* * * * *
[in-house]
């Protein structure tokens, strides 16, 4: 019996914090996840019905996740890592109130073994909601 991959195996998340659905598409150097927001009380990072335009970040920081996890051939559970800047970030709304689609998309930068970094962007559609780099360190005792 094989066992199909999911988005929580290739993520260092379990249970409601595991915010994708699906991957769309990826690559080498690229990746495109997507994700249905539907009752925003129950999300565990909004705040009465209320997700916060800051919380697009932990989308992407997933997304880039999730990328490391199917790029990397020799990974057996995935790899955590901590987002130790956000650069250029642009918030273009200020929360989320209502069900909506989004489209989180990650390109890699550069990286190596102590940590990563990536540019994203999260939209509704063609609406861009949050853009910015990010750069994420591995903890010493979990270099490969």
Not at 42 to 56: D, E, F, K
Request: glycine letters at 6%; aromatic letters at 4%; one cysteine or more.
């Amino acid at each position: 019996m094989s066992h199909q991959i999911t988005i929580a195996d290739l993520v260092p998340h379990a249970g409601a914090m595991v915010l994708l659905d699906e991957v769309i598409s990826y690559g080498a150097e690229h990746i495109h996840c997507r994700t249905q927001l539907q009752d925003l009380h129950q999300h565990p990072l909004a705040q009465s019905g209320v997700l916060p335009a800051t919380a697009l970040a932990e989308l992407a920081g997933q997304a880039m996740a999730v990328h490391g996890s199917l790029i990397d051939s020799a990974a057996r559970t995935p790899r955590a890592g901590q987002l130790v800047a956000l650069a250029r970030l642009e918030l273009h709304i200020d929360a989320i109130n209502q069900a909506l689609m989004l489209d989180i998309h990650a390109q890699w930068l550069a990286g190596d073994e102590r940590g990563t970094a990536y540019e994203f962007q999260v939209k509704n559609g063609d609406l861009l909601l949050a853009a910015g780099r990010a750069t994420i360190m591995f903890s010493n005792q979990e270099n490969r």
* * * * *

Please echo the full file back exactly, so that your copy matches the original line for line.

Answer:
[in-house]
């Protein structure tokens, strides 16, 4: 019996914090996840019905996740890592109130073994909601 991959195996998340659905598409150097927001009380990072335009970040920081996890051939559970800047970030709304689609998309930068970094962007559609780099360190005792 094989066992199909999911988005929580290739993520260092379990249970409601595991915010994708699906991957769309990826690559080498690229990746495109997507994700249905539907009752925003129950999300565990909004705040009465209320997700916060800051919380697009932990989308992407997933997304880039999730990328490391199917790029990397020799990974057996995935790899955590901590987002130790956000650069250029642009918030273009200020929360989320209502069900909506989004489209989180990650390109890699550069990286190596102590940590990563990536540019994203999260939209509704063609609406861009949050853009910015990010750069994420591995903890010493979990270099490969």
Not at 42 to 56: D, E, F, K
Request: glycine letters at 6%; aromatic letters at 4%; one cysteine or more.
């Amino acid at each position: 019996m094989s066992h199909q991959i999911t988005i929580a195996d290739l993520v260092p998340h379990a249970g409601a914090m595991v915010l994708l659905d699906e991957v769309i598409s990826y690559g080498a150097e690229h990746i495109h996840c997507r994700t249905q927001l539907q009752d925003l009380h129950q999300h565990p990072l909004a705040q009465s019905g209320v997700l916060p335009a800051t919380a697009l970040a932990e989308l992407a920081g997933q997304a880039m996740a999730v990328h490391g996890s199917l790029i990397d051939s020799a990974a057996r559970t995935p790899r955590a890592g901590q987002l130790v800047a956000l650069a250029r970030l642009e918030l273009h709304i200020d929360a989320i109130n209502q069900a909506l689609m989004l489209d989180i998309h990650a390109q890699w930068l550069a990286g190596d073994e102590r940590g990563t970094a990536y540019e994203f962007q999260v939209k509704n559609g063609d609406l861009l909601l949050a853009a910015g780099r990010a750069t994420i360190m591995f903890s010493n005792q979990e270099n490969r």